Guide 2 Christmas
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Christmas Ghost Story
Good King Wenceslas
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Letters to Santa
Saint Stephen's Day
Star of Bethlehem
Twelve Days of Christmas
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Christmas pudding is a dessert traditionally served on Christmas day in Britain, Ireland and some Commonwealth countries. It is sometimes known as "plum pudding", but this name can also refer to some other kinds of pudding which are also based on dried fruit.
Christmas pudding is made with dried fruit and nuts, together with suet (beef or mutton animal fat), and then steamed. It is very dark, almost black, and usually moist with brandy or other alcoholic beverages. Of course, nowadays it is possible to buy or make Christmas puddings using only vegetable fats (and suitable for vegetarians), or Christmas puddings that do not contain alcohol (for those who do not consume alcoholic drinks).
Christmas puddings were traditionally prepared five weeks before Christmas, most frequently on the Sunday of the week before the start of Advent (which is sometimes known as "Stir-up Sunday"). However, as Christmas puddings keep extremely well for a long period of time (months, or sometimes even a year or more), many families like to put aside an extra pudding, to be eaten later in the year (for example at Easter). Some families even go so far as to make their Christmas pudding a whole year before the Christmas at which they intend to eat it!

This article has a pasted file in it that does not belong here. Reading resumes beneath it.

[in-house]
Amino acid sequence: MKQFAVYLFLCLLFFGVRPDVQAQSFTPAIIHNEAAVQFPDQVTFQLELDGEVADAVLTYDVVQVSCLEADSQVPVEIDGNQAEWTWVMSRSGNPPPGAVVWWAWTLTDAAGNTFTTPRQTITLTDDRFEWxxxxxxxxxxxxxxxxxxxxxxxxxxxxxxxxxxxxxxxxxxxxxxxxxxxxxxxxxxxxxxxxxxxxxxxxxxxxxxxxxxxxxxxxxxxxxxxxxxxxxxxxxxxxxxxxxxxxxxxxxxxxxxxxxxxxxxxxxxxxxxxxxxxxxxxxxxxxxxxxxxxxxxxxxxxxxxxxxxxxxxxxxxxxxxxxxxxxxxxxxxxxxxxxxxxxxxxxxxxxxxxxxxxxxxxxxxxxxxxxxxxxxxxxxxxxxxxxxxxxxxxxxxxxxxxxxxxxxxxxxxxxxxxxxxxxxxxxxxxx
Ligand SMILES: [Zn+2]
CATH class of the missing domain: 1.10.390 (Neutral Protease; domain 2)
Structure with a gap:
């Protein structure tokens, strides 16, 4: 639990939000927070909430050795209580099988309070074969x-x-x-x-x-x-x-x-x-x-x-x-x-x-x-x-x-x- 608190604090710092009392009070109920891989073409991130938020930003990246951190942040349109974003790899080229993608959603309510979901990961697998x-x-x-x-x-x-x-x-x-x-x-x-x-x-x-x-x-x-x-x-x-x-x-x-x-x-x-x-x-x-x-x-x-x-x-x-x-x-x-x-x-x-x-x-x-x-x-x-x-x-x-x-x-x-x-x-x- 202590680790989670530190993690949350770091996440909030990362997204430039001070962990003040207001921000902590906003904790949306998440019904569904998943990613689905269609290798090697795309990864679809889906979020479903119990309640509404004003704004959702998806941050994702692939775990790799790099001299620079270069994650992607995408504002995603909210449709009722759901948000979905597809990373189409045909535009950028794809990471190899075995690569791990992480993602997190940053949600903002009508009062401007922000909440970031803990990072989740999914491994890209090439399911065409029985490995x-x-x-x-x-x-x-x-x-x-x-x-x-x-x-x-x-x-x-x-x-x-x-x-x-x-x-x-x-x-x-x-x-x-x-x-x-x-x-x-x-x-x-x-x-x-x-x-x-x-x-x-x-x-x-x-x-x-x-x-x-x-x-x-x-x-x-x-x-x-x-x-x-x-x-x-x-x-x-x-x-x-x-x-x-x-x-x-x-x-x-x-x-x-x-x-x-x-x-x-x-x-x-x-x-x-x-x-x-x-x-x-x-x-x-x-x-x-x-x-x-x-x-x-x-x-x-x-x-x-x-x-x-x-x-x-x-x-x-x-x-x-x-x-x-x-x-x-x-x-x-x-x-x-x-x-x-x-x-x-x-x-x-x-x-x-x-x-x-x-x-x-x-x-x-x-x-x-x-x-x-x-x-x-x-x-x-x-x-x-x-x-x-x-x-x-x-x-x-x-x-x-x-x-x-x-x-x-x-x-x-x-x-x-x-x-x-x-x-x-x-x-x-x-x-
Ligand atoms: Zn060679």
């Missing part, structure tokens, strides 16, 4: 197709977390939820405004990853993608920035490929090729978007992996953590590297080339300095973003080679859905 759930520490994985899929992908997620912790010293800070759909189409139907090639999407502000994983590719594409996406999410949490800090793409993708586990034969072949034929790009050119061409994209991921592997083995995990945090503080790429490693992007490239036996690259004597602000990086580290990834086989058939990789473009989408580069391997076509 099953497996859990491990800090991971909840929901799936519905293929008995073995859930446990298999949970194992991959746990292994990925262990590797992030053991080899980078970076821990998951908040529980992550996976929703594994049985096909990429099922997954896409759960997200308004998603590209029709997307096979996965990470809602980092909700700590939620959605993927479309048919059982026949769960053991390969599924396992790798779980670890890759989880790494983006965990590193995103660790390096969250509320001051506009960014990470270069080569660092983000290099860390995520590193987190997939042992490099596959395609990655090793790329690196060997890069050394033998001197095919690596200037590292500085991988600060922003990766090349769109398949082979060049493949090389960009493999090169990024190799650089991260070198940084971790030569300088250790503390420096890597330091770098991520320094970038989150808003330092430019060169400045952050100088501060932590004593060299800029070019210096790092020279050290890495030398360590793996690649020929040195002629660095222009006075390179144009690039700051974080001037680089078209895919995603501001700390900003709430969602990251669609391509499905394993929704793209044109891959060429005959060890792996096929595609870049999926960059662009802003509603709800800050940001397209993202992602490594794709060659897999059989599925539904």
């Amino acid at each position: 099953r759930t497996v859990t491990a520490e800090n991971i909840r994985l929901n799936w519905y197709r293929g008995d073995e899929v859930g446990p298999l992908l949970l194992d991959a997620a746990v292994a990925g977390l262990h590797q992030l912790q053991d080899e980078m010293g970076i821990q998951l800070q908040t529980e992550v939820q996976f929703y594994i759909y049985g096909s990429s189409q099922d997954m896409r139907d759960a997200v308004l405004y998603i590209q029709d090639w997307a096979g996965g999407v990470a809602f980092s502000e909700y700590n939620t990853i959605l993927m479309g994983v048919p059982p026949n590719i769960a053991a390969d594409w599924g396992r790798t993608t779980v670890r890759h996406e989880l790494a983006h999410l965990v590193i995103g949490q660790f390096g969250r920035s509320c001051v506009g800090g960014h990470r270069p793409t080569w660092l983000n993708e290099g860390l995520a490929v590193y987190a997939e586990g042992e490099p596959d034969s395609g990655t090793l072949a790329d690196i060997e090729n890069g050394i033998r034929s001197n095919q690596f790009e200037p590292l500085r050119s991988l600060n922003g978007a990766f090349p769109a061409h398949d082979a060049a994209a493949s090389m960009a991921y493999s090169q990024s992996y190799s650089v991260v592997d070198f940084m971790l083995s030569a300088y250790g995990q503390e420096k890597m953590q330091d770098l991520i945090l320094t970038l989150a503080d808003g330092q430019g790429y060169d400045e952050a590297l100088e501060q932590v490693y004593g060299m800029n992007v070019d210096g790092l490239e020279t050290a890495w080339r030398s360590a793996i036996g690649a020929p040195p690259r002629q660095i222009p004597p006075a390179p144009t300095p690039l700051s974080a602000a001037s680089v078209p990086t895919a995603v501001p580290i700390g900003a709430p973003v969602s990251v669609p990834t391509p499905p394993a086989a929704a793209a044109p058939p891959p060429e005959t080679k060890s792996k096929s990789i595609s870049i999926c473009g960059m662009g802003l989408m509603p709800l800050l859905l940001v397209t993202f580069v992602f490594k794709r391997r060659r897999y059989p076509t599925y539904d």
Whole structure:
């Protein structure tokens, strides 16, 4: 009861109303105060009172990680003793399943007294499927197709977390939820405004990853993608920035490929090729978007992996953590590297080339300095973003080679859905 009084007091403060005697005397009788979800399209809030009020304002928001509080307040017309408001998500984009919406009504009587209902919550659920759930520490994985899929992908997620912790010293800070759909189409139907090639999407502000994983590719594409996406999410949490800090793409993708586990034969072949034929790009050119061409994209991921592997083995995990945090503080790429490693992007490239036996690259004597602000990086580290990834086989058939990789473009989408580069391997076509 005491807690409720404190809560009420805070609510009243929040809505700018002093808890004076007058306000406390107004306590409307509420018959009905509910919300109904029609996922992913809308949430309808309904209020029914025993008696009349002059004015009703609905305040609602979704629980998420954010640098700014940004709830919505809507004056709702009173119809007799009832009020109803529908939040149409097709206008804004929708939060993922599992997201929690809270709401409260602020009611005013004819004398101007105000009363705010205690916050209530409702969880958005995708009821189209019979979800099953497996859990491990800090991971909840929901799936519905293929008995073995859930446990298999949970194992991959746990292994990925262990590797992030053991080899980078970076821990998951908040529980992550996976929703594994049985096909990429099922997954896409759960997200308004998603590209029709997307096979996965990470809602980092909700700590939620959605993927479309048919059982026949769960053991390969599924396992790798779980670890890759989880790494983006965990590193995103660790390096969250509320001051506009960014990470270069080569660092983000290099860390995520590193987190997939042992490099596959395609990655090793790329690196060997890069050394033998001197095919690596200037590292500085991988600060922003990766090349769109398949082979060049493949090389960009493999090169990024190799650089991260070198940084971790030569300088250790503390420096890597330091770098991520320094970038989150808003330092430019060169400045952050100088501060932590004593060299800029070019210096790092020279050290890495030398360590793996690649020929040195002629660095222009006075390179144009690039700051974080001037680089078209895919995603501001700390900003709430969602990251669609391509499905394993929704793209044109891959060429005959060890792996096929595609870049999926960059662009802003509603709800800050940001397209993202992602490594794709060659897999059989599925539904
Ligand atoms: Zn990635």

Of course, not everybody makes their own Christmas pudding themselves nowadays - you can buy ready-made puddings in all major supermarkets - and all you have to do with these is simply heat them up. Many supermarket Christmas puddings simply need to be heated in a microwave oven - which of course makes it really easy to prepare them.
Traditionally a small silver coin (such as a sixpence) was placed in the pudding, and could be kept by the person whose serving included it. The idea was that coin would hopefully bring wealth for the coming year to that person. Other tokens such as a silver thimble (for thrift), an anchor (for safe harbor) or a tiny wishbone (for luck) have also sometimes been included in Christmas puddings, and again, whoever received the particular token would hopefully also receive the associated benefit in the coming year.
Christmas pudding is traditionally decorated with holly, and may be doused in brandy and set on fire ("fired"). Christmas puddings are usually eaten with brandy butter, cream, custard or other similar sauces.
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